Chinese Food Influence on Tea Haus

Chinese Food by Chinese Americans

Maybe its in our genes, but despite our die hard love for pepperoni pizza and In N Out (Whataburger for Texans) burgers the thought of Red Braised Pork Belly over rice and Taiwanese Beef Noodles made at home by grandma should resonate strongly for an entire generation of Chinese Americans raised here in the states. A lot of Chinese food has the trifecta of sweet, savory and umami. This is probably what triggers our olfactory senses throughout the day while we play our Super Nintendo. Little known fact, the Olfactory nerve (smell receptor) sits right next to your amygdala and hippocampus! This is why a lot of times, smells triggers strong memories! 

As adults with our own kids now. It almost feels like evolution is taking place. Because we yearn for the days of old and that amazing nostalgic feeling of eating beef noodles with grandma and watching non-internet based television. Those feelings, in turn subconsciously motivates us to recreate those memories for our kids and the tradition rolls on!

Click below to check out our write up on this by one of our founders.  

What is Chinese Food | Most Well Known Chinese Spots

The question is just as broad as if you asked what is American food, except worse because China has 4x as many people living there than here in the states. Think about it, just pizza alone, you have Chicago style, New York style and California style. Don’t get us started on Hawaiian style.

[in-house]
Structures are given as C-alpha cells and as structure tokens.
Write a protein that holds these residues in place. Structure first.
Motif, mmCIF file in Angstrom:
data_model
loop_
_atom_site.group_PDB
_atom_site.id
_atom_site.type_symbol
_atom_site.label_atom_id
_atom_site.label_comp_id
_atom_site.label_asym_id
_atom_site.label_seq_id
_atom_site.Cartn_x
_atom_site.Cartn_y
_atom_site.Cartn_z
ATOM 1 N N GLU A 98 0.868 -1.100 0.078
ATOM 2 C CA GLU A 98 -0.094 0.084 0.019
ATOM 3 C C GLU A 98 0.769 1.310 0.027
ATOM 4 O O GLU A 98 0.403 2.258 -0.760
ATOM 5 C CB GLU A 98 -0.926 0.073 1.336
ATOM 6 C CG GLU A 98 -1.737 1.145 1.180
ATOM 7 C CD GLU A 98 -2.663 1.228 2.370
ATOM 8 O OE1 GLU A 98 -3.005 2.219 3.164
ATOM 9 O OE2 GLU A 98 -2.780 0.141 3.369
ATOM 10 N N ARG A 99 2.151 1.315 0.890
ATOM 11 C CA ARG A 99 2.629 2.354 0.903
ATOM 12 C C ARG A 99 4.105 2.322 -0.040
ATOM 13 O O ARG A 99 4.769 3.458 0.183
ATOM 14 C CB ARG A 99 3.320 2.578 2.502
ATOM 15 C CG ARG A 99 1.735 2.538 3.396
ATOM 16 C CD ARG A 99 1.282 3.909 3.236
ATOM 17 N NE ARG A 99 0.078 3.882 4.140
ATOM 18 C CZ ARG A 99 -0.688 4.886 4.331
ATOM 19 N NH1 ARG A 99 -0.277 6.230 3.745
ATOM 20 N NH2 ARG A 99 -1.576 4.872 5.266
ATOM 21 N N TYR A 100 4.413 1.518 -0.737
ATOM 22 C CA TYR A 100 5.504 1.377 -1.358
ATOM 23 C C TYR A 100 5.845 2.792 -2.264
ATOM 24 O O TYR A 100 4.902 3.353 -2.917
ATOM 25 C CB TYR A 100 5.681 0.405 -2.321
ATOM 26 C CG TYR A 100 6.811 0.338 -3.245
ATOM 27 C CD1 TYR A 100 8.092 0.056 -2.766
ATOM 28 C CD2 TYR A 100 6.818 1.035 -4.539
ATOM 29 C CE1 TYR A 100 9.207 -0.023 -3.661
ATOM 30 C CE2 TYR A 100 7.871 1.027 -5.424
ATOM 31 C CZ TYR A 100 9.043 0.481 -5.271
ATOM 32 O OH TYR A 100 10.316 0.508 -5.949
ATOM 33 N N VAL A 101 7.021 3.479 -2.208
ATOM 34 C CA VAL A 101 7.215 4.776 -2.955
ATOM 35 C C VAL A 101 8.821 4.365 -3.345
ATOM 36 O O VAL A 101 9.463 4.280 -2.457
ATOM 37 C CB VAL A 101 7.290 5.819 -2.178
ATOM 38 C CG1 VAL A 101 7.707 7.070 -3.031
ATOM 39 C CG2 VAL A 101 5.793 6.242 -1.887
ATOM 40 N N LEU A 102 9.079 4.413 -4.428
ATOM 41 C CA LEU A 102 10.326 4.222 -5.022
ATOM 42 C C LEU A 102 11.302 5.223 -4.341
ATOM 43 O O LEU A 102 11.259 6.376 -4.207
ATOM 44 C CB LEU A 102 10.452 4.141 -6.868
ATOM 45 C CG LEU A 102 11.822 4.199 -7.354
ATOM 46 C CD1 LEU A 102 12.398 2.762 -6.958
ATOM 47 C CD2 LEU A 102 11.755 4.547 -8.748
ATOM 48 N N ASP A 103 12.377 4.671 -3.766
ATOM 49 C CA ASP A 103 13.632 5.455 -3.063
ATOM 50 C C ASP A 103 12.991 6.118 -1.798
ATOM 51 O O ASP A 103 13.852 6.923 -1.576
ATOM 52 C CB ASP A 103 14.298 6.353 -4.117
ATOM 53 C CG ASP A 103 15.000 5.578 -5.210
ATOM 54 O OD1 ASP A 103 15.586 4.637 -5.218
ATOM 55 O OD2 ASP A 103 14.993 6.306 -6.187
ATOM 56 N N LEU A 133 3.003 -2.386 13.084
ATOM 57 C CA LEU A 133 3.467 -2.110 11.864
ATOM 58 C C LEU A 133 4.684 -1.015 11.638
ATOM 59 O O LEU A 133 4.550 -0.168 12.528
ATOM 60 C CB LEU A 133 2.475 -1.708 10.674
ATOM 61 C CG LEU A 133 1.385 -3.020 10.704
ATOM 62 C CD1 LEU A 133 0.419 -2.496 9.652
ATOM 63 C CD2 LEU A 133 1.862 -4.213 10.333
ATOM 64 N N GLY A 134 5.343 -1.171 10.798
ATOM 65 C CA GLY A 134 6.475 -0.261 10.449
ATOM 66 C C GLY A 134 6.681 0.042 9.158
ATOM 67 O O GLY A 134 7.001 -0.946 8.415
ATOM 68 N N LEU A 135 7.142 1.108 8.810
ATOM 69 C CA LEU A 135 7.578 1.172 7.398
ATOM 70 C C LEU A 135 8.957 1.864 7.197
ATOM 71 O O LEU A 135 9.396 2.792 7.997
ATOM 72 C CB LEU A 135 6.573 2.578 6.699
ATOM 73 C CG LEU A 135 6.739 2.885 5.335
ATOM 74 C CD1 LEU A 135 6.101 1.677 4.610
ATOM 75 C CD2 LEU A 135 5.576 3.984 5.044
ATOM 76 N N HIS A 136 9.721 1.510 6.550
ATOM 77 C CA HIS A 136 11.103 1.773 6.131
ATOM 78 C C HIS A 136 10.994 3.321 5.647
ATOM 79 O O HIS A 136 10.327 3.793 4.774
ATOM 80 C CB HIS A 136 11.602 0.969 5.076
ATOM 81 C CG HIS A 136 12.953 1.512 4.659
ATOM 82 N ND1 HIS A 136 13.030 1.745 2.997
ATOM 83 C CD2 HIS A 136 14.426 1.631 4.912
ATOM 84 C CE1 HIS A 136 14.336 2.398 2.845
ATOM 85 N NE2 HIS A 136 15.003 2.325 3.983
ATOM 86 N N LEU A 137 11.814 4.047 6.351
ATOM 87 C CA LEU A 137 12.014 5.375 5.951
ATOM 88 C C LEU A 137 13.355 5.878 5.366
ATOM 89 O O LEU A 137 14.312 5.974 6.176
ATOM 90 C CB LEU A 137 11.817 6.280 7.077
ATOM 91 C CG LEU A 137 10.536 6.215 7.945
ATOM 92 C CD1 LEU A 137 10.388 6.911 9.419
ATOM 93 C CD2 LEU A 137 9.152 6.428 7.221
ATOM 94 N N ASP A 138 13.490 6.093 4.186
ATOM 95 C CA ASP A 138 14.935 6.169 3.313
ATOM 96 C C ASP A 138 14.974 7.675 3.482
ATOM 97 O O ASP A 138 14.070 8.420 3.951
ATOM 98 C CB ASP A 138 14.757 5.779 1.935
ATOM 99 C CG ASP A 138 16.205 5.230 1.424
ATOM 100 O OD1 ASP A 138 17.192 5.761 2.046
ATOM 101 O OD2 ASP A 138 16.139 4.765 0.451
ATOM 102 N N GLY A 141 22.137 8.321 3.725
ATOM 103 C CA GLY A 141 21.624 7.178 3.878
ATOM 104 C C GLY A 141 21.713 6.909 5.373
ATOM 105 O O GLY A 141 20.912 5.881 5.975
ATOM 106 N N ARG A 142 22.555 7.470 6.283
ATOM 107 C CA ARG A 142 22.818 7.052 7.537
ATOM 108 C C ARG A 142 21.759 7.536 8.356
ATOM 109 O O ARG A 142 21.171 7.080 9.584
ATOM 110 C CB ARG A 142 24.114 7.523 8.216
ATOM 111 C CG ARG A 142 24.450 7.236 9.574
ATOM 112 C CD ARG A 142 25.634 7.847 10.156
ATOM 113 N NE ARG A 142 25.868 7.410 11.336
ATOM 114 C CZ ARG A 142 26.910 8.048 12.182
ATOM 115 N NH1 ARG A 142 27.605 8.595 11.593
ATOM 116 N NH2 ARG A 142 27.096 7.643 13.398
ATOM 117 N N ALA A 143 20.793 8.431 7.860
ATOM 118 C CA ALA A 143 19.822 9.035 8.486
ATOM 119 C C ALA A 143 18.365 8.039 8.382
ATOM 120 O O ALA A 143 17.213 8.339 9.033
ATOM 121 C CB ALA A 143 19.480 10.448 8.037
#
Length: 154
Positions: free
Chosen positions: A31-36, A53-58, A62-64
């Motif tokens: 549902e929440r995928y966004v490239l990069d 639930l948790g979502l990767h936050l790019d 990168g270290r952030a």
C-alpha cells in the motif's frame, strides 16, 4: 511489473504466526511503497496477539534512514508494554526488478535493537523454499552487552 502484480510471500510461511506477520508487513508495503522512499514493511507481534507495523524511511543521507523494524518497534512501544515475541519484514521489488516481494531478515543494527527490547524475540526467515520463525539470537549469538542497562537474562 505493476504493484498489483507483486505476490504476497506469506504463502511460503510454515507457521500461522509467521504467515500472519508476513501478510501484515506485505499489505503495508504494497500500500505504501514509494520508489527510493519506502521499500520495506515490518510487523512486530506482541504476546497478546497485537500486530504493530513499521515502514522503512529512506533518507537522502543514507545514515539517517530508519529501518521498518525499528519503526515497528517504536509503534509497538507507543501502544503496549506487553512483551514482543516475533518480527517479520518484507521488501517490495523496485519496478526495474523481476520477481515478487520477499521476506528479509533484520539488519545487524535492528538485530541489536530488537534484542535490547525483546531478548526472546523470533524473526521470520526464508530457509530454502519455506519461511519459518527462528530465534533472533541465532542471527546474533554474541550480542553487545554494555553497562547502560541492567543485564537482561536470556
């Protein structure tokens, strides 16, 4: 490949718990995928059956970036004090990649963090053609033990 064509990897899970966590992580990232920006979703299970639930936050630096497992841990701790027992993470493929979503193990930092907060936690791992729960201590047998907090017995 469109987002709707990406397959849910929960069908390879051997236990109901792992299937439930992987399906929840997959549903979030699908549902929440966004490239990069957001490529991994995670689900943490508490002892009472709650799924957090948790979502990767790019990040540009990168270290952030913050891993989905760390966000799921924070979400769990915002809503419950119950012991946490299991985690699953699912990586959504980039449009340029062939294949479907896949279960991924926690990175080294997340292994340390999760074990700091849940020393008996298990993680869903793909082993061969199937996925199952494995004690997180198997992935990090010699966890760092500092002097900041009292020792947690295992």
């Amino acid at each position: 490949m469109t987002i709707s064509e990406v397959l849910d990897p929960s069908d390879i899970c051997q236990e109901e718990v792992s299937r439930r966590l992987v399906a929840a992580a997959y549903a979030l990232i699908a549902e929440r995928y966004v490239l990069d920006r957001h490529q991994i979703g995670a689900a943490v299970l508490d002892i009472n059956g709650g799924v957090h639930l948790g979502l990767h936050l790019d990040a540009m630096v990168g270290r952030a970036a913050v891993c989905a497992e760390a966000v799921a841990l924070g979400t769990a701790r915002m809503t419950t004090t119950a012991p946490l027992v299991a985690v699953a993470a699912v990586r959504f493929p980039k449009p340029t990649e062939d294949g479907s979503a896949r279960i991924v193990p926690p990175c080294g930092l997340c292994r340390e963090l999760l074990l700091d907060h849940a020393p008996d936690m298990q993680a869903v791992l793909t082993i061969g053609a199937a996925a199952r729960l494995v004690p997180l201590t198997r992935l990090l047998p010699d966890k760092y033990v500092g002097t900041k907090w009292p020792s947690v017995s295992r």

According to Wikipedia there are 8 distinct styles of Chinese food based on geographic regions. The modern “Eight Cuisines” of China are Anhui (徽菜Huīcài), Cantonese (粤菜Yuècài), Fujian (闽菜Mǐncài), Hunan (湘菜Xiāngcài), Jiangsu (苏菜Sūcài), Shandong (鲁菜Lǔcài), Sichuan (川菜Chuāncài), and Zhejiang (浙菜Zhècài) cuisines.

Panda Express for example is probably the most successful Chinese American Food in the world and they are mainly considered Hunan style cuisine. This is exemplified by sweet and sour flavors like everyone’s favorite Orange chicken. Incidentally, the Hunan region of cuisine is also where most of Tea Haus recipes originate from. These dishes include the Taiwanese Beef Noodles and Red Braised Pork Belly. 

Din Tai Fung is Taiwanese based restaurant and the first one from the country of Taiwan to earn a Michelin star for excellence in cuisine. They are known for their 小籠包 or Xiao Long Bao or XLB which are paper thin soup dumplings from the Shanghai region. Fun fact, Shanghai has a population of 24 million! New York in comparison has 8 mil.  If you’ve ever been to Din Tai Fung there is no doubt you would take notice of the four chefs standing around the table each tasked to make a part of the soup dumpling like a beautiful assembly line. 

Oh yea and Tea was made in China as well. More on that later. 

The classic pork dish from China. Pork belly with a combination of ginger, garlic, chilli peppers, sugar, star anise, light and dark soy sauce, and xiao xing wine. The pork belly is cooked until the fat and skin are rendered into gelatin, soft, and melts easily in the mouth. The dish has a melt in the mouth texture that is formed as a result of a long braising process, during which the liquid reduces and becomes thick. It is typically served with white rice and dark green vegetables, and a braised hard boiled egg.